Thomas Christopher Zahrt, PhD
Microbiology and Molecular Genetics
Medical College of Wisconsin
Research Focus: Bacterial Pathogenesis and Host-Cell Interactions
PhD: University of Illinois, Urbana (1997) Microbiology
The ability of intracellular bacterial pathogens to sense and successfully respond to various environmental stimuli during an infection is essential for their survival and proliferation within the host. For example, many intracellular pathogens must persist in phagocytic cells of the host to cause disease, a normally hostile environment that is detrimental to the survival of most organisms. Research in my laboratory is focused on characterizing the regulatory mechanisms utilized by intracellular pathogens to establish, maintain, or reactivate from infection in the host. To investigate these mechanisms, my laboratory studies the host-pathogen interactions of Mycobacterium tuberculosis.
Tuberculosis is the leading cause of death in the world from a single infectious agent and is responsible for more than 3 million deaths worldwide annually. The high mortality rate in individuals infected with the causative agent, Mycobacterium tuberculosis, is due in part to the ability of the tubercle bacilli to parasitize alveolar macrophages, and establish long-term persistent infection in the host despite the presence of a cell-mediated immune response. Although the current anti-tubercular drug arsenal is effective in treating individuals suffering from active acute disease, these drugs are ineffective in treating the nearly 2 billion individuals that are latent carriers of M. tuberculosis, or that are infected with multi-drug resistant strains of M. tuberculosis.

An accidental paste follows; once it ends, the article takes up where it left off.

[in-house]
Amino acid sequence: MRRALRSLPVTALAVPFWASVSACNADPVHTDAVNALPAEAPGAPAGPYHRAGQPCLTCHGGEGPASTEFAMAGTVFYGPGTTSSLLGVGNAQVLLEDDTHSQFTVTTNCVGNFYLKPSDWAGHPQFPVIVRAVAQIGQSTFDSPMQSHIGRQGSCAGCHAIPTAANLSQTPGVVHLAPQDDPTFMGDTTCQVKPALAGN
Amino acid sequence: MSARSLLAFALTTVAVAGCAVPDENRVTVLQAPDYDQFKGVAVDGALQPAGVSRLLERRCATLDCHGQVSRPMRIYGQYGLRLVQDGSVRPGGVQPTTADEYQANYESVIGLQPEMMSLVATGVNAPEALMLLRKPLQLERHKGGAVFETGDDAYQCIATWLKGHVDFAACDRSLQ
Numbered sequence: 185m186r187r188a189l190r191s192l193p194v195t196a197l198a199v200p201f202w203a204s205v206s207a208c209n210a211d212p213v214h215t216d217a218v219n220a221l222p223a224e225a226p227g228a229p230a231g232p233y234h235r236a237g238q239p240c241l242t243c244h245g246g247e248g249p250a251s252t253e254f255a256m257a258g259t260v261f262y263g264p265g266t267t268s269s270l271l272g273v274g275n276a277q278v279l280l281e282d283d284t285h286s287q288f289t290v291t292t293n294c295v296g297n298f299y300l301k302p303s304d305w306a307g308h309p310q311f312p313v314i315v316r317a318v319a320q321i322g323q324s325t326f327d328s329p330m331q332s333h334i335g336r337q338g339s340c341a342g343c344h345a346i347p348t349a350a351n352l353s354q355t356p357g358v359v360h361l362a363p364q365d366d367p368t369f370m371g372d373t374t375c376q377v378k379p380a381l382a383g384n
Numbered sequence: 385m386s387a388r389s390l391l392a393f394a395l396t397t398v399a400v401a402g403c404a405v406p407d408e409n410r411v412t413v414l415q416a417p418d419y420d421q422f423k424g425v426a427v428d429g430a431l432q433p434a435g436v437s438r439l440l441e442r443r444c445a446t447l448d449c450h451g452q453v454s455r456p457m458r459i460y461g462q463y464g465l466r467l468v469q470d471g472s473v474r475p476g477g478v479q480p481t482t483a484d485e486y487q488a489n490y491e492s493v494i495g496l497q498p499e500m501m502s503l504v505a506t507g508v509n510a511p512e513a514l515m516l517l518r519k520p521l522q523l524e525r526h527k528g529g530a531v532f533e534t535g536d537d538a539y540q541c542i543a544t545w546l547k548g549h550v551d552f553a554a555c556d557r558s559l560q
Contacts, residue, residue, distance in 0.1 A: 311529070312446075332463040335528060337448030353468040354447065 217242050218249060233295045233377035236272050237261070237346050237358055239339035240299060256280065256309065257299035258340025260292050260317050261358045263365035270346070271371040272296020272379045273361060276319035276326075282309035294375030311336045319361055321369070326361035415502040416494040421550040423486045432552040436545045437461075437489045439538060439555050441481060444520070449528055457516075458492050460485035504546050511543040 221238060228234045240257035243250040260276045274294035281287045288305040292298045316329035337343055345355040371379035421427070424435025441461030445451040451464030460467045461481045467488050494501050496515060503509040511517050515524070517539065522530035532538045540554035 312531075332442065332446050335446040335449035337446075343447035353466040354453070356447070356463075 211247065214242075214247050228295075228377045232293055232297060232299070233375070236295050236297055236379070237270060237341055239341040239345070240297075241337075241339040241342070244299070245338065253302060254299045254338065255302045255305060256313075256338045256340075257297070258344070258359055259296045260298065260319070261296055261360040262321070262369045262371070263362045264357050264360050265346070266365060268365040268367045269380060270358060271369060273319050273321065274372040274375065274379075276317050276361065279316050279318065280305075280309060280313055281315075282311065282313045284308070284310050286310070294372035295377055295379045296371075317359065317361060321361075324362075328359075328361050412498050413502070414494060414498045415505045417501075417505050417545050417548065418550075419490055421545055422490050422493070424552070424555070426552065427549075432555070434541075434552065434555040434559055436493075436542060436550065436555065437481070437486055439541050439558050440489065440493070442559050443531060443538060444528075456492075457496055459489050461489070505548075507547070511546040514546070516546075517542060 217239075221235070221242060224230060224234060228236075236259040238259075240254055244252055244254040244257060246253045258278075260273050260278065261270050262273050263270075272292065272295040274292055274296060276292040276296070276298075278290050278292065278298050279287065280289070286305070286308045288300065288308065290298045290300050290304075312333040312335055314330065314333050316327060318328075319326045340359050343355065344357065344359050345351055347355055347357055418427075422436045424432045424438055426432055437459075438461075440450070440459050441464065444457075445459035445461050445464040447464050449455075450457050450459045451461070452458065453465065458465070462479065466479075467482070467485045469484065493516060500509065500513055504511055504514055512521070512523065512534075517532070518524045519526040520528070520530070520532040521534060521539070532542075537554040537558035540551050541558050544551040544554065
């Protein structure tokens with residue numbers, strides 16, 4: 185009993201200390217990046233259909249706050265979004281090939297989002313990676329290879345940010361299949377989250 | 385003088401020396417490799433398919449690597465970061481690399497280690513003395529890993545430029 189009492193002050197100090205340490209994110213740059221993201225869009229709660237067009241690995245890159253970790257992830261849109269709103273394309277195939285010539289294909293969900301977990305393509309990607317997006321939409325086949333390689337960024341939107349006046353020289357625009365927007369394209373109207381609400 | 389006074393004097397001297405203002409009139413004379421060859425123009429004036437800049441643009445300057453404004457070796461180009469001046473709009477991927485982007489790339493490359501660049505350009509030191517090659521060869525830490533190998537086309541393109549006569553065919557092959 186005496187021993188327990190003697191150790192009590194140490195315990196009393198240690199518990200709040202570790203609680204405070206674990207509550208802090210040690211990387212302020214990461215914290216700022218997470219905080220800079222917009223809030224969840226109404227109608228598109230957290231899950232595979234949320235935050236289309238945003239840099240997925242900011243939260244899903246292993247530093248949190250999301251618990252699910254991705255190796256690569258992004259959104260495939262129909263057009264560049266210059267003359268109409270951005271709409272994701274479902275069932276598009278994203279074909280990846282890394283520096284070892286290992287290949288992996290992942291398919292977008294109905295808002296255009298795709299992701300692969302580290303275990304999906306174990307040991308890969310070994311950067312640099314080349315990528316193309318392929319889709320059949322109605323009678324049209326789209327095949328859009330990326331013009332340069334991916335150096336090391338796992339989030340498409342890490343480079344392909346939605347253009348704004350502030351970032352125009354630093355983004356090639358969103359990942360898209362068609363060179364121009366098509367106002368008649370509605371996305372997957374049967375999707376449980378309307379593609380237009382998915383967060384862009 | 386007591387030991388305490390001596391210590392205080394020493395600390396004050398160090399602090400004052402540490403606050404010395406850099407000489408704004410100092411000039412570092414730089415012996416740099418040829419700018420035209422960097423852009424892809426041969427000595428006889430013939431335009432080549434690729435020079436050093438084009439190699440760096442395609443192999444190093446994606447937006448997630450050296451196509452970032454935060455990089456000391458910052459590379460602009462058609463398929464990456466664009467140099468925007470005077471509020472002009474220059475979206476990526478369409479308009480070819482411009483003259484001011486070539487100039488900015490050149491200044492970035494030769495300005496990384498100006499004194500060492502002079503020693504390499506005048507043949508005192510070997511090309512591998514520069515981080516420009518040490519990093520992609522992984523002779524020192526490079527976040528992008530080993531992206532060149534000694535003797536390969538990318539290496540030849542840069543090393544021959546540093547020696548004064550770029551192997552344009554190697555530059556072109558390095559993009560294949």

Current research efforts in my laboratory are directed at characterizing the role that global regulatory systems play in the pathogenesis of these organisms. In particular, we are focused on those transcriptional regulators that mediate adaptation processes in response to stressful stimuli encountered during infection. The laboratory utilizes a combination of genetic and biochemical approaches to investigate the molecular mechanisms of these systems, as well as tissue culture and animal model systems of infection to investigate the physiological role of these systems in the context of M. tuberculosis pathogenesis. Collectively, the goal of these studies is to develop novel or improved vaccines that are capable of providing enhanced protection against infection with this agent.
Thomas C. Zahrt, Ph.D.
Depatment of Microbiology and Molecular Genetics
8701 Watertown Plank Road, Milwaukee, WI 53226
Room: TBRC C3970